And the answer,
in full irony, is that unless they recognize and verbalize those intense
negative feelings (that is, feelings of victimization, hatred, and
anger) they will never get to the place of experiencing
Just as the religious
experience of the Dark Night strips away all human illusion and pretension,
so psychotherapy must strip away everything (especially our
psychological defensiveness) that hides the deepest
ugliness in our hearts. For only by recognizing the intense negative
feelings in his or her own heart can the individual then recognize
selfishness that stains all of humanity. And in the community of sorrowful
understanding will grow the seed of compassion and true love.
enough, this theme of descending into inner darkness has shown up in myth
and art through the ages. Whether in the myths of the heros journey
into the underworld described psychologically by Jung and his followers,
or in Dantes poetic journey through hell as the route to heaven in
his Divine Comedy, or in Tolkiens story of the journey through
the mines of Moria in his Lord of the Rings, the journey begins with
an obstruction too difficult to climb over, encounters the necessity to surrender
control and certainty in the passage through an
abhorrent darkness, and culminates in a final triumph over evil.
And so, if
psychotherapy is to achieve any ultimate success, it must lead you into your
own psychological dark night. And then, if you so will, you can
pass into the real Dark Night of spiritual healing.
Thus there is a deeper level of healing, a spiritual level.
In fact, this aspect of healing points directly to the fact that true
spirituality must have a psychological component. Unlike the pagan worship
offered by the ancient Greeks and Romans merely to appease the vanity of
the godsgods who had no interest at all in the moral behavior of
humanitygenuine spirituality calls a person into a deep psychological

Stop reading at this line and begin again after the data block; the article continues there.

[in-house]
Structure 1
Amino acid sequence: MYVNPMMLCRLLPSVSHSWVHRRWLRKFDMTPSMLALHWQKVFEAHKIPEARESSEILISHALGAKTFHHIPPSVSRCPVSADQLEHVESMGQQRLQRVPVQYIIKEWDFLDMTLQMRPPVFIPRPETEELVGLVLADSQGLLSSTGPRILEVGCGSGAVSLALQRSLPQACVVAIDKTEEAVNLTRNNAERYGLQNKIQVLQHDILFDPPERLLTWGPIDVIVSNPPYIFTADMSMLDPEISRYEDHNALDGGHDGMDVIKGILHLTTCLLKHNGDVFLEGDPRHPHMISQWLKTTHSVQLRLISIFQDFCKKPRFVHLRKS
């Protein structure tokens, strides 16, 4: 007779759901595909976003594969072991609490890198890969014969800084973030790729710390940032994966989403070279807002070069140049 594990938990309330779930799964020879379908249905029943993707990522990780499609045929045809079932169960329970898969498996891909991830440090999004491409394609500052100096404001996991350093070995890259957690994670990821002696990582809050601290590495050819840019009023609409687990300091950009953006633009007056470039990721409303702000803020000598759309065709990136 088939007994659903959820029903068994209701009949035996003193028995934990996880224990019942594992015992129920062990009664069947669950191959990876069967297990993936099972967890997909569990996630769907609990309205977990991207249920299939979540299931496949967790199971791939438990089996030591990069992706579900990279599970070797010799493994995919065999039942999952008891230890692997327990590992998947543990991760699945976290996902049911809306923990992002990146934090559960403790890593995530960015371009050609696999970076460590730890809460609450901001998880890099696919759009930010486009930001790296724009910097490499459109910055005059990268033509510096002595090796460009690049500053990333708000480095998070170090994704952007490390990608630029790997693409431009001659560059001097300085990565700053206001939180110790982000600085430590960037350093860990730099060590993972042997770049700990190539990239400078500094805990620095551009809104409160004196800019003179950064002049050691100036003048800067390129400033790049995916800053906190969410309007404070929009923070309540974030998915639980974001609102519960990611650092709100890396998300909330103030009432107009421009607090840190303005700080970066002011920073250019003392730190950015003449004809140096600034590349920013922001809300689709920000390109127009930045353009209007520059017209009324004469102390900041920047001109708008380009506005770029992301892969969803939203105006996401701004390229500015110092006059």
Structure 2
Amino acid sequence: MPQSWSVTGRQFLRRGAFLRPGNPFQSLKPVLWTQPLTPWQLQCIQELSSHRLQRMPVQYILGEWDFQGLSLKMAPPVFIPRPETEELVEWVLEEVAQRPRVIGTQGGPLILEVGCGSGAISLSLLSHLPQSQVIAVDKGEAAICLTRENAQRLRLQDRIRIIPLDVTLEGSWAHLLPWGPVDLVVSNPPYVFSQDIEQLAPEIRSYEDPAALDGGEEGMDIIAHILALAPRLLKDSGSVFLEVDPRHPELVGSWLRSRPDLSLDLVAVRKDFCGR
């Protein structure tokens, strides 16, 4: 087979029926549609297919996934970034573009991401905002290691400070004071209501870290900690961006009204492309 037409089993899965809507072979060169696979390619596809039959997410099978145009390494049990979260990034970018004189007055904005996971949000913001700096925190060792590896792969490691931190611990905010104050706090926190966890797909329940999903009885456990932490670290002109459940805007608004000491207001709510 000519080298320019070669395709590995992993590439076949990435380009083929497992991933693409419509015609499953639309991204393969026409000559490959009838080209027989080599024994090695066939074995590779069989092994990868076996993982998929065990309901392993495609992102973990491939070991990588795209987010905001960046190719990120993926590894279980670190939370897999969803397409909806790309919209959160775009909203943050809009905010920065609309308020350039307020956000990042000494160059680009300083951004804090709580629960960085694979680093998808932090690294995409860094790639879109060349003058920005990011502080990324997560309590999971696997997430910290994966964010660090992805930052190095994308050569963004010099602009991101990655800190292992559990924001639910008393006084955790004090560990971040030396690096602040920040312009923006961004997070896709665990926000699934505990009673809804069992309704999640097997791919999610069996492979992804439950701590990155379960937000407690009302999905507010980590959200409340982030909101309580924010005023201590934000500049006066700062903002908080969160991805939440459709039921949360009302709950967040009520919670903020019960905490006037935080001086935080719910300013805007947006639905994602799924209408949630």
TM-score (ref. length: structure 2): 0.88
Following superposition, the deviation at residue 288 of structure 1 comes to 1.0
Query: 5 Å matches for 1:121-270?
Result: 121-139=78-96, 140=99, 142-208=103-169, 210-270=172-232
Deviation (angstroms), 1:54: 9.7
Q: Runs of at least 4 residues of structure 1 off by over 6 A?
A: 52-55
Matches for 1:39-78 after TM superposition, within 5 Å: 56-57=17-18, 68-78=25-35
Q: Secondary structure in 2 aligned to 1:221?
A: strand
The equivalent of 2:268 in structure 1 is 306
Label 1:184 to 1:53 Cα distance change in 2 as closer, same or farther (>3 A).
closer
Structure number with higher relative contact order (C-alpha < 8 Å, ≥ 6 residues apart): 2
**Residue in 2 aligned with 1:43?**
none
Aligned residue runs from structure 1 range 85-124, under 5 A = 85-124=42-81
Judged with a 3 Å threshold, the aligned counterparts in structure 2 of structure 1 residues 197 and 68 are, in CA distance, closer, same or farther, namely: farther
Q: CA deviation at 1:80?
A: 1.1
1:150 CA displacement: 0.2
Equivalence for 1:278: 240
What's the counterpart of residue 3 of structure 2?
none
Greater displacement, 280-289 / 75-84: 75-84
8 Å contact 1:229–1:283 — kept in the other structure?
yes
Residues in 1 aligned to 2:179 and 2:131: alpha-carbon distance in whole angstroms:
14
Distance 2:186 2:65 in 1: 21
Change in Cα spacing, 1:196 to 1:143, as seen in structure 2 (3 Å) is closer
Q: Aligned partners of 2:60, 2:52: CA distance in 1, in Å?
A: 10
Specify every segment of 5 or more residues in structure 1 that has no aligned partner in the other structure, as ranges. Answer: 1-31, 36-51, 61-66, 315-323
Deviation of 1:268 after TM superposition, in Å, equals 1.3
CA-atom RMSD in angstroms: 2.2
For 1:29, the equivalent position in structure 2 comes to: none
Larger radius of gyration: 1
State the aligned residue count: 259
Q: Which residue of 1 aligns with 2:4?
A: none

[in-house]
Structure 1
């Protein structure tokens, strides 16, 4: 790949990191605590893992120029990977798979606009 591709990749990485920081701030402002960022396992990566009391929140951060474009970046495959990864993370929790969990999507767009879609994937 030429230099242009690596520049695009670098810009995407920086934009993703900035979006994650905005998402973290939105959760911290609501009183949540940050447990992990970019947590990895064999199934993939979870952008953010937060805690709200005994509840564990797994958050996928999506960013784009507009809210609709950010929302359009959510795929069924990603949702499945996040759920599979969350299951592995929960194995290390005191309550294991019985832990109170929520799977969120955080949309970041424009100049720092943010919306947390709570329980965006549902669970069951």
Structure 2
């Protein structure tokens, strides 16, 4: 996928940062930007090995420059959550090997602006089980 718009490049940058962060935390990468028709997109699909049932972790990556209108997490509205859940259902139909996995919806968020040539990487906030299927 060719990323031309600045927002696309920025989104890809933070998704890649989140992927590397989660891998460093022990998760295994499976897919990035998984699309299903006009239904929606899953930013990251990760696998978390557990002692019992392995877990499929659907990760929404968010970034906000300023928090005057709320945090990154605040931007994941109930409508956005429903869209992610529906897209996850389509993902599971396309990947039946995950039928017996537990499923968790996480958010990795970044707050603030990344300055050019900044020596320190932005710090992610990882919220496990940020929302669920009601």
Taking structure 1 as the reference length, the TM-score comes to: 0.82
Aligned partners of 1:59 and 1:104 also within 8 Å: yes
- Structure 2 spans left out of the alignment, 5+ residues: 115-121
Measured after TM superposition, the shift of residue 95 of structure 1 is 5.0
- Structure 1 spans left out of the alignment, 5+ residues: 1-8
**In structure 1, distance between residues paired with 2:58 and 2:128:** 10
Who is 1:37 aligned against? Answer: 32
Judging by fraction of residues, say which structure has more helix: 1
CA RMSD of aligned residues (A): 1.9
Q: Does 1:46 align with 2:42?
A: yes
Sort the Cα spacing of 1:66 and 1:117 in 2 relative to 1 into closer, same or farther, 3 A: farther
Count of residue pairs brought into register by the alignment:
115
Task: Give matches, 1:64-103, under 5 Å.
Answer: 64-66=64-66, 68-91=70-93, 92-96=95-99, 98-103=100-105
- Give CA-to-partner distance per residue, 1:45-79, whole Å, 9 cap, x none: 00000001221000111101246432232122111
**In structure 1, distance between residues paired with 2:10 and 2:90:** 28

This change comes
from opening your heart to love.
This love, though,
is not what we ordinarily think of as
Love does not come from another personits important to learn
that right away. Love is not about romantic sentiments. Love is not about
sensuality and sexual pleasure. Mystics have known that for ages. True love
is a matter of seeking God more than anything else, more even than your own
And to live in
true love means to do Gods will.
So what is
Gods will? Well, there are a lot of New Age therapists
out there who will tell you that its all about connecting with
divine energy so you can accomplish anything you desire. But
Gods will is a matter of love, and for ages the mystics have been telling
us that loving is about giving, not getting. To do Gods will, therefore,
is to give of yourselfthrough patience, forbearance, mercy, compassion,
and understandingnot to receive personal satisfaction from the world.
In fact, true love means to continue giving even if you receive nothing but
rejection and hatred in return. True love means to refuse to
hatethat is, to wish harm to come
uponanyone, even those who hate you.
To do Gods
will essentially means to turn completely away from
sinthat is, our functional narcissism. It
means to die to yourself, as Saint John of the Cross saysotherwise,